Beauchamp:Tactile Experiment Notes

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1- Do not exceed 90 Volts Peak to the Piezos

2- Pay attention to the clipping of various amplifiers:

a) Lenovo T61 Laptop’s soundcard output is pretty much linear up to 75% volume after which it clips the waveforms (red shade in the plot). Below is a plot of the output audio voltage of this laptop as a function of its volume:

At 42% volume, the output is 1 Volt.

b) Macbook Pro does not clip waveforms even at 100% volume but when the power supply is plugged in, the audio signal picks up some noise. Below is a plot of the output audio voltage of this laptop as a function of its volume:

c) PylePro PCA1 amplifier clips at 8.6V Peak (17.2V Peak-to-Peak). Below is a plot of the its gain as adjusted by its knob:

So with this amplifier:

- With Lenovo at 75% volume do not exceed 4.9X gain

- With MacBookPro at 100% volume do not exceed 2.8X gain

d) The Sony Home Theater amplifier seems to saturate at ~33 Volts. So to be on the safe side do not exceed 28 V. Its volume is scaled from 0-74 but the amplification is nonlinear (~logarithmic). The amplification graph was experimentally determined to be:

So if the laptop is playing a waveform at its maximum output per a) above which is 60% or 15 out of 25 (1.65 volts output) then 28/1.65≈17X amplification is needed which according to the graph above would mean that the Sony volume should not exceed ~62 (on its 0-74 scale) [data in the file Sony_STR_DG500_Amplification_Graph.xls on data2\TMS\Siavash]

e) The Pioneer VSX-517 Home Theater amplifier did not up to maximum tested voltage of ~200V. Its volume (attenuation) is scaled from 0-94 and the amplification is again nonlinear (~logarithmic). The amplification graph was experimentally determined to be:

If we want 90V to go to Piezos and the laptop is playing a waveform at its maximum output per a) above which is 60% or 15 out of 25 (1.65 volts output) then 90/1.65 ≈ 55X amplification is needed which according to the graph above corresponds to attenuation of -7 dB on the Pioneer amplifier (on its 0 to -94 scale). [data in the file Pioneer_VSX_517_gain.xls on data2\TMS\Siavash]

f) Krohn-Hite 7500 amplifier did not saturate at the maximum tested voltage of 170V. Note that the amplification gain of this amplifier is also nonlinear. When using the 0-100 variable gain, the dial has 3 notches between 0 and 100. The first notch is ~2X, the second one is ~8X, and the third one is ~35X. Given that we don’t want to put more than 90V through the Piezos, if a waveform is played on the laptop at the maximum allowed volume of 15 (on the 0-25 scale), then the Gain dial should be only slightly past the third notch. Use a 10X oscilloscope probe to find the exact location.

3. The simplest method to generate waveforms to drive the piezos is to use the auditory output from a computer, possibly amplified (by an amplifier, above). The waveform can be generated directly in Presentation by the AudioSpace library, or for more sophisticated waveforms, an audio file can be made in another program, like Matlab, and played back in Presentation (or Python). Here is Matlab code to make a simple touch stimulus using a Gaussian monopulse (GMP).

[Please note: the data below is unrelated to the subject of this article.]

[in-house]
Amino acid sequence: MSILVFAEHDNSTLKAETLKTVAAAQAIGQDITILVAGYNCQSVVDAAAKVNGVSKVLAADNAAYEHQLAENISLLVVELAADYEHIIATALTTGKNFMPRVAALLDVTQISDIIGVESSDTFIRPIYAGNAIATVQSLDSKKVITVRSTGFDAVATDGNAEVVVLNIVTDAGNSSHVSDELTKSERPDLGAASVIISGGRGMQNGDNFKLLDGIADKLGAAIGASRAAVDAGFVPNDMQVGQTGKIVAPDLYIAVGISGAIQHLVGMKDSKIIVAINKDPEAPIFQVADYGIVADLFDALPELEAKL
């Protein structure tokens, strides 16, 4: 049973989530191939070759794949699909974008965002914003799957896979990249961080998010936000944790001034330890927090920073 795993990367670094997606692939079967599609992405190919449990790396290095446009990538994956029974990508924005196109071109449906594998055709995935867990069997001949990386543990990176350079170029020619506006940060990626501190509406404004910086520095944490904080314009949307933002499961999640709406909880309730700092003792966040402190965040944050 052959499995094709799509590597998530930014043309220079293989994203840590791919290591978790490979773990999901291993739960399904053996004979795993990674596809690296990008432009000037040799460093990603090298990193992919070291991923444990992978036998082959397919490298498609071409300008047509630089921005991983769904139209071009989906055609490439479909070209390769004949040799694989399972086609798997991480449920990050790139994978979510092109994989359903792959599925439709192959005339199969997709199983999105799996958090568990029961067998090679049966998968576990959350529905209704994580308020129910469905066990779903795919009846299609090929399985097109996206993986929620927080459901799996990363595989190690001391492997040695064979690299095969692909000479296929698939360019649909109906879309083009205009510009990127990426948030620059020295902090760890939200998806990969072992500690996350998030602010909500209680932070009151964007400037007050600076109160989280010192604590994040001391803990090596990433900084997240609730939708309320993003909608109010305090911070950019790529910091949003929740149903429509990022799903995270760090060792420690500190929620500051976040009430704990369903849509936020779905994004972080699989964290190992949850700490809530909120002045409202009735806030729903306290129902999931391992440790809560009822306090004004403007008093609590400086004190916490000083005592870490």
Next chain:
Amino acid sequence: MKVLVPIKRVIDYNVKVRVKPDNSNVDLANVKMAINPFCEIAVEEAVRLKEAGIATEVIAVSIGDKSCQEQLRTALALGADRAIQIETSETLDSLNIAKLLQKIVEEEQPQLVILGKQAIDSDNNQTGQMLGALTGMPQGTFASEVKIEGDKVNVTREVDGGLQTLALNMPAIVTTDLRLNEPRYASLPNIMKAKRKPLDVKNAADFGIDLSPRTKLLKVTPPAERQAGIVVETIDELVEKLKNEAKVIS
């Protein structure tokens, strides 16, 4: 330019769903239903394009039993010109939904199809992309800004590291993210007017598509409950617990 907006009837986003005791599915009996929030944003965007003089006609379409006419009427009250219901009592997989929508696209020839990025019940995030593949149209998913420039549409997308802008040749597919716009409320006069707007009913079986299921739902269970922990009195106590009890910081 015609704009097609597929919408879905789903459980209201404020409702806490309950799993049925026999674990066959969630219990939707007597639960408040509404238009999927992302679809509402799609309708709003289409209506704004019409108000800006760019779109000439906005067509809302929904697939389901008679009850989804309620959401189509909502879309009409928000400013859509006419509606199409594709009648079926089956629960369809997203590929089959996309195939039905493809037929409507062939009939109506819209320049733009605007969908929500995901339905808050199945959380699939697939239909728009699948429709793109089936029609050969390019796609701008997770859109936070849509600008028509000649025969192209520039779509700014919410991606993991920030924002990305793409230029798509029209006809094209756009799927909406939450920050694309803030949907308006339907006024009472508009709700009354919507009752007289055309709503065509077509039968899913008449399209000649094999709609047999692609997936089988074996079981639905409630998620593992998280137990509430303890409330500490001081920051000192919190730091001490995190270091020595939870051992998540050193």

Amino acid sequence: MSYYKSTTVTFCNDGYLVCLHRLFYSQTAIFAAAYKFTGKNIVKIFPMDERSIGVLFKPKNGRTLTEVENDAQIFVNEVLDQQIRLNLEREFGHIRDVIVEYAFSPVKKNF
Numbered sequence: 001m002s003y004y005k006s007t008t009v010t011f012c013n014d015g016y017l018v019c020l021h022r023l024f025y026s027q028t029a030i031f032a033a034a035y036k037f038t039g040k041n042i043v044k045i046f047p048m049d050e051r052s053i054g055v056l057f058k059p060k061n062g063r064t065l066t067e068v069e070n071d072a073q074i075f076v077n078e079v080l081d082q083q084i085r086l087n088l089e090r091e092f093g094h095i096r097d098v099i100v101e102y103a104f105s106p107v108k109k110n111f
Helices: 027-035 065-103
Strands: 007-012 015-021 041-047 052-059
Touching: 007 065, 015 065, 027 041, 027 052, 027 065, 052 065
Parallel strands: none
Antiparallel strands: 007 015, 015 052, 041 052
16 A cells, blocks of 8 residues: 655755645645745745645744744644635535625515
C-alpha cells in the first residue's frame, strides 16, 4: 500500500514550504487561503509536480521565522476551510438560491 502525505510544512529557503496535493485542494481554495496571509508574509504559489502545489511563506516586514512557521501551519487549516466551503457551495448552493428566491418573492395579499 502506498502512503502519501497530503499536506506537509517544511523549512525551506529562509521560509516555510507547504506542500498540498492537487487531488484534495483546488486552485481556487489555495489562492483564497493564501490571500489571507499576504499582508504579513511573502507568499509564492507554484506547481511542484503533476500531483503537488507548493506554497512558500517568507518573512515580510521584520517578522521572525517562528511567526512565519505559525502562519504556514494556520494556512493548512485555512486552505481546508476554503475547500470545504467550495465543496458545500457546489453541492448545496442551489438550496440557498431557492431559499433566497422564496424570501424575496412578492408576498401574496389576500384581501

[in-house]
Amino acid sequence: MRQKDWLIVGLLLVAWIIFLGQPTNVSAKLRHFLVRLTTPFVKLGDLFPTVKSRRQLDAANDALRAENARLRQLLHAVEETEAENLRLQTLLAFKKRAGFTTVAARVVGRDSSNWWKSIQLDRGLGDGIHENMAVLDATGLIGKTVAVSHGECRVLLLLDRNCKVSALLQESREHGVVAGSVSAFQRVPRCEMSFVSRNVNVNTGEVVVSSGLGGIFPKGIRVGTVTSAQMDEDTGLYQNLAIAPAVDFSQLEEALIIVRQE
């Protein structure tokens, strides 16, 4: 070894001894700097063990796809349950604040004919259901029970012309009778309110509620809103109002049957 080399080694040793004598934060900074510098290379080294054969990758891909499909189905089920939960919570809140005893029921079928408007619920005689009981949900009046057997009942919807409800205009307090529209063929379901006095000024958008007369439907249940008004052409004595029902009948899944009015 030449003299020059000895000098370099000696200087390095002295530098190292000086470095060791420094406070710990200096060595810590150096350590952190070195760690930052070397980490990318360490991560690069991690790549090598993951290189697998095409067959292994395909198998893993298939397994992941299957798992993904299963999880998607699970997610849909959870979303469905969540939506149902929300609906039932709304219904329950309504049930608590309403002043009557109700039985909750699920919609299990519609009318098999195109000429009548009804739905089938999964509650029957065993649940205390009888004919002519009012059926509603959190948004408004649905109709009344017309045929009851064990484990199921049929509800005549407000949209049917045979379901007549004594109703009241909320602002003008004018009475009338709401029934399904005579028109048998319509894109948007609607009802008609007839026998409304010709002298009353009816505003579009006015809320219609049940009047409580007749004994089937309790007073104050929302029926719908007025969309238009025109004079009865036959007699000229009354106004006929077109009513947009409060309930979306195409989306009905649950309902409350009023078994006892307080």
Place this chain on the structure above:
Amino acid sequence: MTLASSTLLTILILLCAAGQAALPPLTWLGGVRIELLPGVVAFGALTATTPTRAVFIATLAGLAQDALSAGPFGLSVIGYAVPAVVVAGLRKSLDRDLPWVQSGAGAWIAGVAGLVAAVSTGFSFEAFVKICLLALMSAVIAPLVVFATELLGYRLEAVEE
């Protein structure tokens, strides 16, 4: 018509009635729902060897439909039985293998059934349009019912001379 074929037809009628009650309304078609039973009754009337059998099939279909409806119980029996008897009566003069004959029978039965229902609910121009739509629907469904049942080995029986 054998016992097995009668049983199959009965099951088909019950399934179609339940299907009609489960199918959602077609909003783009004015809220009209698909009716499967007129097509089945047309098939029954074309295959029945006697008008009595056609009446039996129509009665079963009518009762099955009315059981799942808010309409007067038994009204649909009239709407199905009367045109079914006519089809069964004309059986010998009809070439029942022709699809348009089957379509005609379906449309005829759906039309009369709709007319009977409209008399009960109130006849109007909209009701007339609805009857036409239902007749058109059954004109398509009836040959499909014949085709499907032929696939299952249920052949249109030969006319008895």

The GMP is like one cycle of a sine wave; therefore, the center frequency (cf) should equal the approximate desired duration of your pulse, e.g. a 200 Hz cf produces a GMP of duration 6.2 ms. This produces a good touch percept. sampling frequency (sf) is typically 44100 (CD audio)

 cf = 200
 sf = 44100
 tc = gmonopuls('cutoff',cf)
 t = -2*tc:1/sf: 2*tc;
 snd = gmonopuls(t,cf);

To hear the sound in Matlab, type

 sound(snd,sf)

To save the sound to disk, additional options are needed: number of bits is usually 16 (also standard CD audio). Linear is standard for compression of amplitudes

 auwrite(snd,sf,16,'linear','s1.au');

This writes out an .AU file that must be converted to .WAV using another program, such as "Awave Audio" Alternately, a WAV file can be written out directly

 wavwrite(snd,sf,'s1.wav');

To make multiple channels, create a matrix with multiple columns and save as above. This may only work for AU files. A sound file with only a single column is a "mono" file, and should be played through all speakers equally. However, Presentation may interpret it as being a stereo file with all of the sound in the left channel and no sound in the right channel. Therefore, if you wish to play the sound through both channels, it is good to make a stereo file with both columns identical. This can also be made after the fact in a sound editing program like Audacity.

Notes on playing sounds and videos in Presentation software To avoid the drawbacks of Presentation, it may be preferable to play videos and sounds in Python. However, this is more difficult and requires extensive programming.

In general, playing videos in Presentation is relatively simple:

 trial {
  video { filename = "D5v2_100.avi"; } v2;      
  } t2; 
  t2.present();

Shows the video, as long as the correct CODECs are installed. The same CODEC must be used to create and playback the clip. xVid from www.xvid.org is recommended because it is high quality, creates small files, and is GPL. Frame-by-frame control of video playback is possible but makes video playback appear much choppier.

 vid.set_end_frame( 34 );

tells presentation to stop playback after the 34th frame. However, this makes playback choppier as Presentation checks after each frame to see if frame 34 has been reached. There are other unexpected interactions as well. Turning audio off, or using a custom mixer, can slow or stop playback for unclear reasons. Therefore, if it desired to stop and resume playback at a certain point, it may be better to simply create two movie clips and play each of the uniterrupted with a gap in between.

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